How do China's economic ties with North Korea affect the North Korean refugee crisis in China? In order for the Communist Party in China to remain in power, it must have a growing economy. Unemployed people = Unhappy people
Graph of China, US GDP Growth Rate Since 2000 Source: World Bank
China must support its breakneck economic growth by securing resources from around the world for cheap.
This is part of the reason why China wants to keep close economic ties to North Korea.
China represents about 60 percent of North Korea's economy, according to the Congressional Research Service. And this relationship continues to grow.
What China gets out of this relationship are cheap raw materials, which are abundant in North Korea.
Natural resources accounted for 73 percent of North Korea’s bilateral trade with China in 2012, according to the Korea Times.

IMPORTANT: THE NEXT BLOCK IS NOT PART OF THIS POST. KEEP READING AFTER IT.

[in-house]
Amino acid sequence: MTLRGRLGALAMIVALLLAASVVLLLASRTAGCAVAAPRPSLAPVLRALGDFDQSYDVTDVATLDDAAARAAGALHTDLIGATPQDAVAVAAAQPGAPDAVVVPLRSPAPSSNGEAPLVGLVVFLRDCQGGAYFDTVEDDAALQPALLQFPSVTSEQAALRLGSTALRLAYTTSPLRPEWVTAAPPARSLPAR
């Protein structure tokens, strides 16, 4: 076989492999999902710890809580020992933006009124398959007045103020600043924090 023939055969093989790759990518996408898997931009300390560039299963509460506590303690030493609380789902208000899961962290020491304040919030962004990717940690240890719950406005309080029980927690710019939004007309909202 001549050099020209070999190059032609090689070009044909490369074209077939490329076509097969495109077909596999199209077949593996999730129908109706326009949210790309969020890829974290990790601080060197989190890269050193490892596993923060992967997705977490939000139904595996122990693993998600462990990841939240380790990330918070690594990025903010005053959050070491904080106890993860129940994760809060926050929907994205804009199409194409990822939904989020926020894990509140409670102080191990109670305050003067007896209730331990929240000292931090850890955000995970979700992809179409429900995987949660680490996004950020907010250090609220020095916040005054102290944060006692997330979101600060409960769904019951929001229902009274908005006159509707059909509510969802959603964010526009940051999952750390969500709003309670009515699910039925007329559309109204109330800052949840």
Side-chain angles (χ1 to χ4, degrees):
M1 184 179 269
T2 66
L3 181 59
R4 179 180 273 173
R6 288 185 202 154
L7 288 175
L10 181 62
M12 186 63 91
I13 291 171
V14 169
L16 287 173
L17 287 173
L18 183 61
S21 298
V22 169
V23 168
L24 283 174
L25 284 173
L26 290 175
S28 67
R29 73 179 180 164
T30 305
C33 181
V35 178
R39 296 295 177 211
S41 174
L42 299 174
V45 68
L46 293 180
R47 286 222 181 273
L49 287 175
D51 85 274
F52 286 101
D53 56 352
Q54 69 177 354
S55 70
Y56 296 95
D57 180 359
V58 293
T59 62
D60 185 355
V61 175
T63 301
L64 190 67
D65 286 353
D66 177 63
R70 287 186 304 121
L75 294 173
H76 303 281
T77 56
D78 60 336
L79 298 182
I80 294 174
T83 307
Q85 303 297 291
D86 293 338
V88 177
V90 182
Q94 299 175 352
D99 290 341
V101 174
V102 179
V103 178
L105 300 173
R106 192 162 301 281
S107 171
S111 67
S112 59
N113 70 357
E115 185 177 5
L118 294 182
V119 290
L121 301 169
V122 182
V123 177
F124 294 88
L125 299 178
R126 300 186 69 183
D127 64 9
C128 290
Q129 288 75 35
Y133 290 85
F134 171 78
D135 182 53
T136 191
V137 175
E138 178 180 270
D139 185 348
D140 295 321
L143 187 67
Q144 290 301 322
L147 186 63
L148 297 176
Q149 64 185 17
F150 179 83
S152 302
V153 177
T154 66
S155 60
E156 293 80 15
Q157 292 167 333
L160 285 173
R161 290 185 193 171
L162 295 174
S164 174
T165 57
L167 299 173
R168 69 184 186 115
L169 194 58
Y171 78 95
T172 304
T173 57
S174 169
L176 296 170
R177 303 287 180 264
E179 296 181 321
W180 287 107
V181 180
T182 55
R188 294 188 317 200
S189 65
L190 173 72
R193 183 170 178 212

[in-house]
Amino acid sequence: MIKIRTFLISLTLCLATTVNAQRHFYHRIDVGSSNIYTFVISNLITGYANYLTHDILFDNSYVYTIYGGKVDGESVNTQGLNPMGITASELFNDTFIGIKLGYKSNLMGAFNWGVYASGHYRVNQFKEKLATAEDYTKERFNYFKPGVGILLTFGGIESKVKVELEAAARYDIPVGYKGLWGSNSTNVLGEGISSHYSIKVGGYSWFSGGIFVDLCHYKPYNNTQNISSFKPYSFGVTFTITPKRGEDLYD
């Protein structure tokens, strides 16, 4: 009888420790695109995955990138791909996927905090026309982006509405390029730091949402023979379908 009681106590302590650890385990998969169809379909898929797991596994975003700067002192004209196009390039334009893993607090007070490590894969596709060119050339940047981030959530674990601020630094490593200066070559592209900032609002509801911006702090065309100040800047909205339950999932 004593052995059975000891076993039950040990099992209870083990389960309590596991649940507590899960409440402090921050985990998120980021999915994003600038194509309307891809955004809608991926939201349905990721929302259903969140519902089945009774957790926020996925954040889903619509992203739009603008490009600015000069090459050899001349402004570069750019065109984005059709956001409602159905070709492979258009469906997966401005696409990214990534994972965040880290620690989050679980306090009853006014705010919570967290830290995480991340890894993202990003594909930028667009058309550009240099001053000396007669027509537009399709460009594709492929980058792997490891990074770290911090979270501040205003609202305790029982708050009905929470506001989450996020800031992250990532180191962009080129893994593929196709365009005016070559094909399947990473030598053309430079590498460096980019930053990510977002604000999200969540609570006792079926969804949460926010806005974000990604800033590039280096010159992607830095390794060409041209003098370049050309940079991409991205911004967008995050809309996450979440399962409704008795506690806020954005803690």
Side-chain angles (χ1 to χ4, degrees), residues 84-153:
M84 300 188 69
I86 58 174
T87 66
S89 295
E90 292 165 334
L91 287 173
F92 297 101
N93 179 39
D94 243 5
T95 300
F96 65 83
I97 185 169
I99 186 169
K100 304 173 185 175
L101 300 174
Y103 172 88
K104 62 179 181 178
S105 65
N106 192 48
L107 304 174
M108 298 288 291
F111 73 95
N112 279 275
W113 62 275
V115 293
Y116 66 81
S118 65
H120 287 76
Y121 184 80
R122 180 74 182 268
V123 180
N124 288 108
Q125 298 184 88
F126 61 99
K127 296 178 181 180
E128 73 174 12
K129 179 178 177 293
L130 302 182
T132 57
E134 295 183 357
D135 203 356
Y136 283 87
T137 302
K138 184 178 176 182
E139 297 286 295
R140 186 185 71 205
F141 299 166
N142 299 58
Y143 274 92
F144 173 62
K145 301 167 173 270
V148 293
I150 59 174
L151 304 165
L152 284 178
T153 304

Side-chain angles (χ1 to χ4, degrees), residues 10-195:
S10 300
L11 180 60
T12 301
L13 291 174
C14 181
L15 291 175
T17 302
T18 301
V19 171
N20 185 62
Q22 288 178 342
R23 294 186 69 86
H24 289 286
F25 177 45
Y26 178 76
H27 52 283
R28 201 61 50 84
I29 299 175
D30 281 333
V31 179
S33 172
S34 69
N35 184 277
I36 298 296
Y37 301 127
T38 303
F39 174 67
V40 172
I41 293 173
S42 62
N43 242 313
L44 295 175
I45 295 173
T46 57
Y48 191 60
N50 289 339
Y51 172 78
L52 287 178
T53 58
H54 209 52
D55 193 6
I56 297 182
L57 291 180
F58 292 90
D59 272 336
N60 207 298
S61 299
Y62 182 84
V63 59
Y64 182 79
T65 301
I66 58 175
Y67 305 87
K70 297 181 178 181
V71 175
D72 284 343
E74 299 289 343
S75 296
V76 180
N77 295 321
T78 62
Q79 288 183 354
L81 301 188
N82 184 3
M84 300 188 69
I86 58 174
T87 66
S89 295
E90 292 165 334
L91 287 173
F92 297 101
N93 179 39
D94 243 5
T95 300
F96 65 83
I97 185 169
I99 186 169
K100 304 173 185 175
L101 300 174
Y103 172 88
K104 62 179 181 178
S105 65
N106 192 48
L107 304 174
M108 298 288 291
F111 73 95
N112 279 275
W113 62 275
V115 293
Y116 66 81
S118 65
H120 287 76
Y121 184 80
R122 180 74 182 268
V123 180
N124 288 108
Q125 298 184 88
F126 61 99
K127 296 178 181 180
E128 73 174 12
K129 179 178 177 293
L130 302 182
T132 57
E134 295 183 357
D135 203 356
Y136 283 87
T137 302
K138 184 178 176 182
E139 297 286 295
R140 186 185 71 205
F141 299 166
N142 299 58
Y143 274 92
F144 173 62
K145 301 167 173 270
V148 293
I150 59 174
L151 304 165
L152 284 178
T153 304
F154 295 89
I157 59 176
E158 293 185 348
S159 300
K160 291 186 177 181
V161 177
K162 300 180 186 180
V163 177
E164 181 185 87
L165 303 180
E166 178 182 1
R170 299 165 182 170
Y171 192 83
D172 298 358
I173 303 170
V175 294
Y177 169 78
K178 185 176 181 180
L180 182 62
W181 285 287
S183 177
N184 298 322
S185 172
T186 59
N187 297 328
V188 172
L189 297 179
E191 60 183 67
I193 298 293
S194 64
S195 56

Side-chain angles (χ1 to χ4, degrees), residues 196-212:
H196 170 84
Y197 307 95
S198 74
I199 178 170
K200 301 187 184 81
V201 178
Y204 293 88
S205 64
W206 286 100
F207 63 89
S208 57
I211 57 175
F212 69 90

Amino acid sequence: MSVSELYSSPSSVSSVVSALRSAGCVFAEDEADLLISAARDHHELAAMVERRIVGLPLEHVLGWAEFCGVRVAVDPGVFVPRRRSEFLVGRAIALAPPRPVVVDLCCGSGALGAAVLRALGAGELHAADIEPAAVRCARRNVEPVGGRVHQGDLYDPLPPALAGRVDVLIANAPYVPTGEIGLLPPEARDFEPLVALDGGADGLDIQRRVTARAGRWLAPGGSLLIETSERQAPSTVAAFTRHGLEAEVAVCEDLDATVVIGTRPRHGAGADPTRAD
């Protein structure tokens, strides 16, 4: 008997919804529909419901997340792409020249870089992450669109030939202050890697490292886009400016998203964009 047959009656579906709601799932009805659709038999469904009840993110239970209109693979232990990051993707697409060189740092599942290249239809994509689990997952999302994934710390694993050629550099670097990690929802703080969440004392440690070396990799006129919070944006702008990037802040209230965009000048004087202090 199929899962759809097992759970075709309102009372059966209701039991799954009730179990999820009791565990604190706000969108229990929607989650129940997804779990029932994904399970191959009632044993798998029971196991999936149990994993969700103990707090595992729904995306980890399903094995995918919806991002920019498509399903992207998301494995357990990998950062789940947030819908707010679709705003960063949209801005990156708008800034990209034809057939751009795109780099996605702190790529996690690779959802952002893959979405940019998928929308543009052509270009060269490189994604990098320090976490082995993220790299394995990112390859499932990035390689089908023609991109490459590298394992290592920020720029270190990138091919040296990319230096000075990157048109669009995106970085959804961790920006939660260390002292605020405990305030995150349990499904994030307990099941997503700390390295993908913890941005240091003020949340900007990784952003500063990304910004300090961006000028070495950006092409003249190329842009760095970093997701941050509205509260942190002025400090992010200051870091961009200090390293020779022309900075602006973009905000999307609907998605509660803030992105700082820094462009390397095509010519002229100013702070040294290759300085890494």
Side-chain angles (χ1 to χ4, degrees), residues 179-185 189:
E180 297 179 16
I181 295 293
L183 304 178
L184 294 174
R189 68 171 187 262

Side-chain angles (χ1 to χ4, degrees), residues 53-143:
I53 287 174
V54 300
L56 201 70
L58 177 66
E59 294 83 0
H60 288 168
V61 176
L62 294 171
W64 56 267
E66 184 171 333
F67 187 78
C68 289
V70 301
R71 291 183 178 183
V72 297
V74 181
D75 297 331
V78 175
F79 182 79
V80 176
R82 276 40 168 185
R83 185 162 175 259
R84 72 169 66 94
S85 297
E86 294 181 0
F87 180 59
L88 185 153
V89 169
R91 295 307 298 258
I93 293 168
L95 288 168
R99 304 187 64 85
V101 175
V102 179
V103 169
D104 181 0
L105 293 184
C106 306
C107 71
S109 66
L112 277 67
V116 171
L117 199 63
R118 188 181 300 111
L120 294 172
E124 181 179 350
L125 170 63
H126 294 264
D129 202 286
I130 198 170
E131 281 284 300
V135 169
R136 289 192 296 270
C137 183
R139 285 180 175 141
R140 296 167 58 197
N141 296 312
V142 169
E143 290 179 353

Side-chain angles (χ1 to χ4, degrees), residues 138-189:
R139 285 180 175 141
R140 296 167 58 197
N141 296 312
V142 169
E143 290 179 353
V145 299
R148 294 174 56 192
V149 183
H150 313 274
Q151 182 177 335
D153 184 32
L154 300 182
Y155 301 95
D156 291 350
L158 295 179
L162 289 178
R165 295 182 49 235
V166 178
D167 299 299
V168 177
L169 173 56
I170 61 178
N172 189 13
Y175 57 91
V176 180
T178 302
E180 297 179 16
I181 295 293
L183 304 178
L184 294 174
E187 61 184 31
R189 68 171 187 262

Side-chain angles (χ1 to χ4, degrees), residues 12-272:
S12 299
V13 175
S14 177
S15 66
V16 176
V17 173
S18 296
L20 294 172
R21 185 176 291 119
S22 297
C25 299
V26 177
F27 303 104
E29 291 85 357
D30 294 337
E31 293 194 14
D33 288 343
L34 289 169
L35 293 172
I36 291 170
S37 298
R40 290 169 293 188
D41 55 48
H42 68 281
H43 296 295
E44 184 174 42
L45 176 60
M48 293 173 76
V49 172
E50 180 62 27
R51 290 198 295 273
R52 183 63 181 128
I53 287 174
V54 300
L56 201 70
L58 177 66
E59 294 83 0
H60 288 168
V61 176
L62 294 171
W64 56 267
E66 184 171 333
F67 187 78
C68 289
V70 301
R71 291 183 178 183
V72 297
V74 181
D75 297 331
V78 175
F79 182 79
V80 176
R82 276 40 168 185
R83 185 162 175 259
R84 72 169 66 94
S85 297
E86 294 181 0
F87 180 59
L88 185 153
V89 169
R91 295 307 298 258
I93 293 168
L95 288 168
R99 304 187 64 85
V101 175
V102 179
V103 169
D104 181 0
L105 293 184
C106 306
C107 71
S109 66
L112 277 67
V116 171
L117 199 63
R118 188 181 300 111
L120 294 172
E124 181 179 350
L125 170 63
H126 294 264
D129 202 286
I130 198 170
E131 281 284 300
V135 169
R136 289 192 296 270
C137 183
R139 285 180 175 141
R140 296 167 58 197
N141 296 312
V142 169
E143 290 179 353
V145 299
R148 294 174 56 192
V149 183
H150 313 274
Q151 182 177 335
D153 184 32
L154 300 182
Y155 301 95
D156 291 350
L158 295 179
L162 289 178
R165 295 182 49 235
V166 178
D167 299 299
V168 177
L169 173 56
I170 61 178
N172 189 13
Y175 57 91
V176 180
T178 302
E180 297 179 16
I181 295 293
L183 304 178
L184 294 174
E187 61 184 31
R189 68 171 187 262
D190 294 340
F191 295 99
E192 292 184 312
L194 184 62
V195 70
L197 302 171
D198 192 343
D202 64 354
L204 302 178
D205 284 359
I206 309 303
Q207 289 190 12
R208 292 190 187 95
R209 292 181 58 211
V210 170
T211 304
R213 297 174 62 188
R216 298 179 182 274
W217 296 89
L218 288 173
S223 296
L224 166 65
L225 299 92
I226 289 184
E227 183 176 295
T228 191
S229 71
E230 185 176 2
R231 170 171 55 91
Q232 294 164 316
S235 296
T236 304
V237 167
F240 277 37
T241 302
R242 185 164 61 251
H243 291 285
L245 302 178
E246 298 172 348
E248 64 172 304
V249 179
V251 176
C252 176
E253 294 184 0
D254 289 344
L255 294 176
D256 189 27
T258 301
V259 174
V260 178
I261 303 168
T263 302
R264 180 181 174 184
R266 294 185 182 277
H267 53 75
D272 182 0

Over the past 10 years, China has effectively propped up the dysfunctional North Korean economy and provided little incentive for the regime to change its ways. It has done so at the expense of the people of North Korea, many of whom report to us widespread poverty in the country's outer-regions.
The people of North Korea continue to suffer while the elite in North Korea prospers. The Daily NK reported that Kim Jong Un spent $644 million dollars in luxury goods last year. North Korea recently requested $600 million in food aid.
China's economic ties to North Korea creates the situation from which the North Korean refugees flee from. These same North Korean refugees are those who China refuses to accept into their country. This is why the work of Crossing Borders is essential in the region. As North Korean refugees cross into China and as China refuses to offer any human rights to these people, we will continue to be a safety net for the people of North Korea, who have suffered so greatly.
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